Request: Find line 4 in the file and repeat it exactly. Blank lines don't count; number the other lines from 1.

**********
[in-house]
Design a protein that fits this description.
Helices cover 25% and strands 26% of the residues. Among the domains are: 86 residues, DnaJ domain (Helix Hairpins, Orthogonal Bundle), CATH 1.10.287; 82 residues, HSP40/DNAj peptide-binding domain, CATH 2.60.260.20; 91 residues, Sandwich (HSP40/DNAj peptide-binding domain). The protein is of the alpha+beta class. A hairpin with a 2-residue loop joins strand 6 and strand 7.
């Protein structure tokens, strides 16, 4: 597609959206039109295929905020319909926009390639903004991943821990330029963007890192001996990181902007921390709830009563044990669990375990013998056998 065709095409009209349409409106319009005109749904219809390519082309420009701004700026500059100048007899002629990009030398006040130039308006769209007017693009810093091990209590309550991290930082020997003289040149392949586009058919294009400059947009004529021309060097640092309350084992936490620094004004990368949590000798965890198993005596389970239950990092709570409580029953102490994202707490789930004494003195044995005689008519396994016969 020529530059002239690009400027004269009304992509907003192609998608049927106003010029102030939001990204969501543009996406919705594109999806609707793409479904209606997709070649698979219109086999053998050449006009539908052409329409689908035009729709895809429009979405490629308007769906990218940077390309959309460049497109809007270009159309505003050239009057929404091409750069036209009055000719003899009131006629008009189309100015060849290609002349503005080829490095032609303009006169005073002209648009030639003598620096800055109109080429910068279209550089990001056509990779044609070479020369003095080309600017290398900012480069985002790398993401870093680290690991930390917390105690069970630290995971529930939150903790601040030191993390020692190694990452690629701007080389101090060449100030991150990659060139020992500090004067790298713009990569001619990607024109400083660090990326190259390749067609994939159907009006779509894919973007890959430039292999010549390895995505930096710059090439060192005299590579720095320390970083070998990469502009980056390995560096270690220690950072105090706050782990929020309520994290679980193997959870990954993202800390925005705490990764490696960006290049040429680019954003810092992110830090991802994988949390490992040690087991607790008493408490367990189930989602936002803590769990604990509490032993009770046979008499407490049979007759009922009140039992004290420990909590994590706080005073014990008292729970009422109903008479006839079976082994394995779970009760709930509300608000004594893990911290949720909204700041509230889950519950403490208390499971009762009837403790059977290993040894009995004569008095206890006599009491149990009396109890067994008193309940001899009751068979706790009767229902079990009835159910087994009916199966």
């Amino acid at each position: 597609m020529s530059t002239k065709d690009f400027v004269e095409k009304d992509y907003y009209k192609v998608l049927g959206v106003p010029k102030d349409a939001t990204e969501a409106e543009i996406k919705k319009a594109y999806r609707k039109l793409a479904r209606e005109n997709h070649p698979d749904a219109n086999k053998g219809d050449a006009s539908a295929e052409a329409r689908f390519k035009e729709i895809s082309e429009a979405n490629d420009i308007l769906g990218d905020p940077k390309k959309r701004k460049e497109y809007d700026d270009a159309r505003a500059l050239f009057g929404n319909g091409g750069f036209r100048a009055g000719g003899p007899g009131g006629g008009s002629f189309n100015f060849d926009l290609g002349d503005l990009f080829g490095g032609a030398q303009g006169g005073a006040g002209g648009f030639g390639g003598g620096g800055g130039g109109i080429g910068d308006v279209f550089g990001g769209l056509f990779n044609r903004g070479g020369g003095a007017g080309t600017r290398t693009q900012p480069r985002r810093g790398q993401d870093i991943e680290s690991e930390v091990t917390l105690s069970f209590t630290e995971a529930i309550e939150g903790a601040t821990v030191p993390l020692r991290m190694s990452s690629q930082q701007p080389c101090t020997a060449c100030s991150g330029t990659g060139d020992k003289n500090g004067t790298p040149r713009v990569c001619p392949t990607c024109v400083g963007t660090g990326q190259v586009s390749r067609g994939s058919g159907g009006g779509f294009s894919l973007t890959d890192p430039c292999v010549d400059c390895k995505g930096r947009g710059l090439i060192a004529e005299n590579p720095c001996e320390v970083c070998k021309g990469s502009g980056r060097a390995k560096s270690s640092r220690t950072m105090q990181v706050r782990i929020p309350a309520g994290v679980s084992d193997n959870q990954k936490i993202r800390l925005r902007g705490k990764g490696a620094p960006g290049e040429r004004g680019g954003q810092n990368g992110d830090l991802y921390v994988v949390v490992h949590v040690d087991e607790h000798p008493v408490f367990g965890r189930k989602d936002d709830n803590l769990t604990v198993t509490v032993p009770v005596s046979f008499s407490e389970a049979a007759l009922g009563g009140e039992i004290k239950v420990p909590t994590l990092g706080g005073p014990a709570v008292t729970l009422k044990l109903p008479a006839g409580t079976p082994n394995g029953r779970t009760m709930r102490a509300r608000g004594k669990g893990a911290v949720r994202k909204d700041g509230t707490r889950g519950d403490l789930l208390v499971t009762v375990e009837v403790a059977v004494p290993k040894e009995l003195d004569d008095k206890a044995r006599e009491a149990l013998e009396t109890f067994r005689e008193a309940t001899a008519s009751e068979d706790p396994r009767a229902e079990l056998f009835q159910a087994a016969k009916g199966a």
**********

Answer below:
């Protein structure tokens, strides 16, 4: 597609959206039109295929905020319909926009390639903004991943821990330029963007890192001996990181902007921390709830009563044990669990375990013998056998 065709095409009209349409409106319009005109749904219809390519082309420009701004700026500059100048007899002629990009030398006040130039308006769209007017693009810093091990209590309550991290930082020997003289040149392949586009058919294009400059947009004529021309060097640092309350084992936490620094004004990368949590000798965890198993005596389970239950990092709570409580029953102490994202707490789930004494003195044995005689008519396994016969 020529530059002239690009400027004269009304992509907003192609998608049927106003010029102030939001990204969501543009996406919705594109999806609707793409479904209606997709070649698979219109086999053998050449006009539908052409329409689908035009729709895809429009979405490629308007769906990218940077390309959309460049497109809007270009159309505003050239009057929404091409750069036209009055000719003899009131006629008009189309100015060849290609002349503005080829490095032609303009006169005073002209648009030639003598620096800055109109080429910068279209550089990001056509990779044609070479020369003095080309600017290398900012480069985002790398993401870093680290690991930390917390105690069970630290995971529930939150903790601040030191993390020692190694990452690629701007080389101090060449100030991150990659060139020992500090004067790298713009990569001619990607024109400083660090990326190259390749067609994939159907009006779509894919973007890959430039292999010549390895995505930096710059090439060192005299590579720095320390970083070998990469502009980056390995560096270690220690950072105090706050782990929020309520994290679980193997959870990954993202800390925005705490990764490696960006290049040429680019954003810092992110830090991802994988949390490992040690087991607790008493408490367990189930989602936002803590769990604990509490032993009770046979008499407490049979007759009922009140039992004290420990909590994590706080005073014990008292729970009422109903008479006839079976082994394995779970009760709930509300608000004594893990911290949720909204700041509230889950519950403490208390499971009762009837403790059977290993040894009995004569008095206890006599009491149990009396109890067994008193309940001899009751068979706790009767229902079990009835159910087994009916199966």